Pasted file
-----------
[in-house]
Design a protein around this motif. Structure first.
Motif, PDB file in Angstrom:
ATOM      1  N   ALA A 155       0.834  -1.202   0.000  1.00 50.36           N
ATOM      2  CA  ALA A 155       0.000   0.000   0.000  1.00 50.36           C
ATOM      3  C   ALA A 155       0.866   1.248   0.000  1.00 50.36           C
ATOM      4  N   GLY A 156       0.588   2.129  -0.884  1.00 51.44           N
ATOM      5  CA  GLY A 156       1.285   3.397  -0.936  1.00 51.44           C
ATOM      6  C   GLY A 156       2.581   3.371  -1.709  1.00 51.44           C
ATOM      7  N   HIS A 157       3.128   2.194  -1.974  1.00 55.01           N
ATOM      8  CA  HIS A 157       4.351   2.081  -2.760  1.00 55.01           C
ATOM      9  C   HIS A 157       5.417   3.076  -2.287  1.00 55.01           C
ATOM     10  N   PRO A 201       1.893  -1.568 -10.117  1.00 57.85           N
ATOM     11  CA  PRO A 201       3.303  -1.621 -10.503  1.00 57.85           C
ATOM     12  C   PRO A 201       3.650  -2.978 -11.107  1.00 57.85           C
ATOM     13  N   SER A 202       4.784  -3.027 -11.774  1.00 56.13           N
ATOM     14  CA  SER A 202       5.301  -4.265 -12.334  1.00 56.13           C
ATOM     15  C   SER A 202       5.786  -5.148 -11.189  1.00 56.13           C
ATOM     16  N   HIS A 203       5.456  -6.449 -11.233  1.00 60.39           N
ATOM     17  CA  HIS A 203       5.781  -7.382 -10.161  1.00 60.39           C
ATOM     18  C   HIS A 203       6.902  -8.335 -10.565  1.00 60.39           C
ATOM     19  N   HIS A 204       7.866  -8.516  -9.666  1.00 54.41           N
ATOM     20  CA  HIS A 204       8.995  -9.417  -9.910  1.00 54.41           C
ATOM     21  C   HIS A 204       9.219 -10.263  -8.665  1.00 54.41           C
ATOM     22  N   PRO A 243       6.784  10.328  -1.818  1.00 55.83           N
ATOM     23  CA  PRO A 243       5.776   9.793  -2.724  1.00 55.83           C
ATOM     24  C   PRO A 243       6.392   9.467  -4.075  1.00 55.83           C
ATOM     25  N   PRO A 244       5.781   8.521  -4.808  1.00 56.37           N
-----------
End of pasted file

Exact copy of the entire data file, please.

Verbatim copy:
[in-house]
Design a protein around this motif. Structure first.
Motif, PDB file in Angstrom:
ATOM      1  N   ALA A 155       0.834  -1.202   0.000  1.00 50.36           N
ATOM      2  CA  ALA A 155       0.000   0.000   0.000  1.00 50.36           C
ATOM      3  C   ALA A 155       0.866   1.248   0.000  1.00 50.36           C
ATOM      4  N   GLY A 156       0.588   2.129  -0.884  1.00 51.44           N
ATOM      5  CA  GLY A 156       1.285   3.397  -0.936  1.00 51.44           C
ATOM      6  C   GLY A 156       2.581   3.371  -1.709  1.00 51.44           C
ATOM      7  N   HIS A 157       3.128   2.194  -1.974  1.00 55.01           N
ATOM      8  CA  HIS A 157       4.351   2.081  -2.760  1.00 55.01           C
ATOM      9  C   HIS A 157       5.417   3.076  -2.287  1.00 55.01           C
ATOM     10  N   PRO A 201       1.893  -1.568 -10.117  1.00 57.85           N
ATOM     11  CA  PRO A 201       3.303  -1.621 -10.503  1.00 57.85           C
ATOM     12  C   PRO A 201       3.650  -2.978 -11.107  1.00 57.85           C
ATOM     13  N   SER A 202       4.784  -3.027 -11.774  1.00 56.13           N
ATOM     14  CA  SER A 202       5.301  -4.265 -12.334  1.00 56.13           C
ATOM     15  C   SER A 202       5.786  -5.148 -11.189  1.00 56.13           C
ATOM     16  N   HIS A 203       5.456  -6.449 -11.233  1.00 60.39           N
ATOM     17  CA  HIS A 203       5.781  -7.382 -10.161  1.00 60.39           C
ATOM     18  C   HIS A 203       6.902  -8.335 -10.565  1.00 60.39           C
ATOM     19  N   HIS A 204       7.866  -8.516  -9.666  1.00 54.41           N
ATOM     20  CA  HIS A 204       8.995  -9.417  -9.910  1.00 54.41           C
ATOM     21  C   HIS A 204       9.219 -10.263  -8.665  1.00 54.41           C
ATOM     22  N   PRO A 243       6.784  10.328  -1.818  1.00 55.83           N
ATOM     23  CA  PRO A 243       5.776   9.793  -2.724  1.00 55.83           C
ATOM     24  C   PRO A 243       6.392   9.467  -4.075  1.00 55.83           C
ATOM     25  N   PRO A 244       5.781   8.521  -4.808  1.00 56.37           N